Queen Mother Of Tennis

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Oh, everybody liked it. In fact, I played mixed doubles with a gentleman I didn’t know over at Harvard one day, and I said to him, “It’s fun to play with you. You know so much about doubles,” and he said, “I should; I read your book.” I nearly dropped dead. Last thing in the world I expected. Have you seen my tennis alphabet? It’s in the book.

No, but I’ve seen it quoted. My favorite was your advice for the letter Q—“Quash Qualms.”

Well, it was enough of a little thing that it made its mark.

You’ve been running tennis tournaments here at Longwood for many years, haven’t you?

Oh, yes, children’s tournaments, adult tournaments, I’ve been running tournaments here since 1923. I know practically everybody who hits a tennis ball in Massachusetts. And then the National Championships were played here in Boston—which is why I got so many titles; the only tournaments I played in [after coming to live in the East] were the Nationals, so if I happened to win them, I got the title—so I got the idea of putting up tennis players who travelled. I could remember that when I was young and travelling, I had to have some friend’s house to stay in.

You mean in the early days the tournament committees didn’t necessarily find housing for the players?

Oh, they had never heard of it. Well, I was using my house for players, and there were getting to be more players, so I happened to find this house. It’s bigger, and it’s just four minutes’ walk from Longwood, and that gave me the idea.

What’s the greatest number of players you’ve ever had staying here?

Fourteen; fourteen extra girls. I didn’t often have men, because at that time my husband and I were not living together, and I didn’t want to worry about extra men in the house. They cramped my style. [The Wightmans were divorced in 1940.] And when the pros got into it, I said I wouldn’t take any pros into my house during the tournaments. For instance, I told Maureen Connolly’s pro, I remember saying to her, “I’ve asked Maureen and her chaperon to stay at my house, but I can’t ask you because I don’t have any pros staying here.” I wasn’t going to have her do something I didn’t like. I said, “You can come for lunch, you can come for dinner any day, but you’re not spending the night.” That’s just me.

 

When the players come to Longwood now, do you still have girls here?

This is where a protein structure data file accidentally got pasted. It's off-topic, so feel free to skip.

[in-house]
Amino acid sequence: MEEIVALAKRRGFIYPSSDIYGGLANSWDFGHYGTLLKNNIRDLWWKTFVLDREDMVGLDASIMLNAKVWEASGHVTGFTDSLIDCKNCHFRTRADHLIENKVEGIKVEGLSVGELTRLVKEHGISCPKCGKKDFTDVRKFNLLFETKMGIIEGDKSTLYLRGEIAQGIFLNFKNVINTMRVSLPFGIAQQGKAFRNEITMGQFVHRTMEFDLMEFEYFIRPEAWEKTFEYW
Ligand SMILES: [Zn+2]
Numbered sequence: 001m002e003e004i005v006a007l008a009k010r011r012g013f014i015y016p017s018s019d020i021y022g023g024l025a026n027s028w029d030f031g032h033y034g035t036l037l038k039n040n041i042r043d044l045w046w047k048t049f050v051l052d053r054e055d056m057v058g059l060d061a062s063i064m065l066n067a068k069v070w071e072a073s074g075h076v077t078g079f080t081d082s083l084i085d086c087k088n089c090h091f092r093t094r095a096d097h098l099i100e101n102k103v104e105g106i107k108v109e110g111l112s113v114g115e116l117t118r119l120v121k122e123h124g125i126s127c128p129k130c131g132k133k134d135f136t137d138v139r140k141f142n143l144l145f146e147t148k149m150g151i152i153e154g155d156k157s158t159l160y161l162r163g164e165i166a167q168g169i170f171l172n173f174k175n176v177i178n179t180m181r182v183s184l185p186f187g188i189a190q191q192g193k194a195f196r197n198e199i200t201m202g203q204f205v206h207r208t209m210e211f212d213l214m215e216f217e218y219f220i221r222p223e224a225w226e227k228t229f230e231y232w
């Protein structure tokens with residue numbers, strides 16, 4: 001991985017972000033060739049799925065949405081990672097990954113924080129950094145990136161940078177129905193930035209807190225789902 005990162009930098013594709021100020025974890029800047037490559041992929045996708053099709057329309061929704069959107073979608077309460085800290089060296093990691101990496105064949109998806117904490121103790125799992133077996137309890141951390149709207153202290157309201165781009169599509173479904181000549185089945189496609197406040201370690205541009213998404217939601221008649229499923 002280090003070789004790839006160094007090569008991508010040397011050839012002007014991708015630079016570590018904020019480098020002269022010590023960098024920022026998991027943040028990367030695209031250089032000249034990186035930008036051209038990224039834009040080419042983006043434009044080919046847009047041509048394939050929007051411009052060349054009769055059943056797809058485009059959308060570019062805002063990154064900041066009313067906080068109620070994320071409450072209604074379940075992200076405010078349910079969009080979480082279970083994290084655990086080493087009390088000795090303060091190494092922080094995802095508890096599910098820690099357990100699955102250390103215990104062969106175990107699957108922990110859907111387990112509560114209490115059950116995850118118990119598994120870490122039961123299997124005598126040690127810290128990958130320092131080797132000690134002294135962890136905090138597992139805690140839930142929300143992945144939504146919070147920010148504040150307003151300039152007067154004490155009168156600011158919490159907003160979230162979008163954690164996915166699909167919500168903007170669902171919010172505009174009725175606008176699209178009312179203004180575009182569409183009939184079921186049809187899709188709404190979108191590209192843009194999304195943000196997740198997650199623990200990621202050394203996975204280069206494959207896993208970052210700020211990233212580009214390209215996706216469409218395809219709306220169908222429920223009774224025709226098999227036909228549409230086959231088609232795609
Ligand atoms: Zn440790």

Well, I’ve only given it up since I haven’t been feeling too well, just the last year or two.

We’ve been talking all this time, and I haven’t asked you about the Wightman Cup.

It doesn’t say Wightman Cup on it, you know. It says International Trophy, but nobody knows that. The reporters wouldn’t ever call it anything but the Wightman Cup. They say that gives it prestige.

Why, if you originally intended it as an international trophy, do only the English and the Americans compete for it?

Well, when I gave the cup, fifty years ago, I thought it would be nice to see that French girl, Suzanne Lenglen, come over here. She won Wimbledon in 1919, and I won the National here in 1919. Everybody thought it was quite something to win the Nationals in 1909 and ten years later to win it again. But I never thought of any such thing. I just thought wouldn’t it be fun to have Suzanne Lenglen and other foreigners come here to play.

But the French women never have played for the cup, have they?

No, the English women had no desire to compete in anything with the French at the time. The way it happened, the English team had arrived in New York [in 1923, the first time the Wightman Cup was actually awarded], and that new stadium at Forest Hills was just getting finished, and the important thing was to have something special—an event—to open it with. We won all the matches that year. And the next year we played in England, and we lost all the matches but one. I won the only one that we won—the doubles. Then after we’d been in competition for a while, other people wanted to get in, and that’s when the English stepped down and said, we don’t want any competition with the French. It’s interesting. Small. But there was nothing you could do about it. I didn’t worry about it. The interesting thing is that the English have only won the Wightman Cup six times. Isn’t that something?

Why have they won it so seldom, do you think?

Well, they don’t have the setup we do. America has a terrific setup—lots of places to play and lots of people interested in playing. They don’t have as much time out in the open as we do.

The Wightman Cup used to be completely for amateurs, didn’t it? Do both amateurs and professionals play now?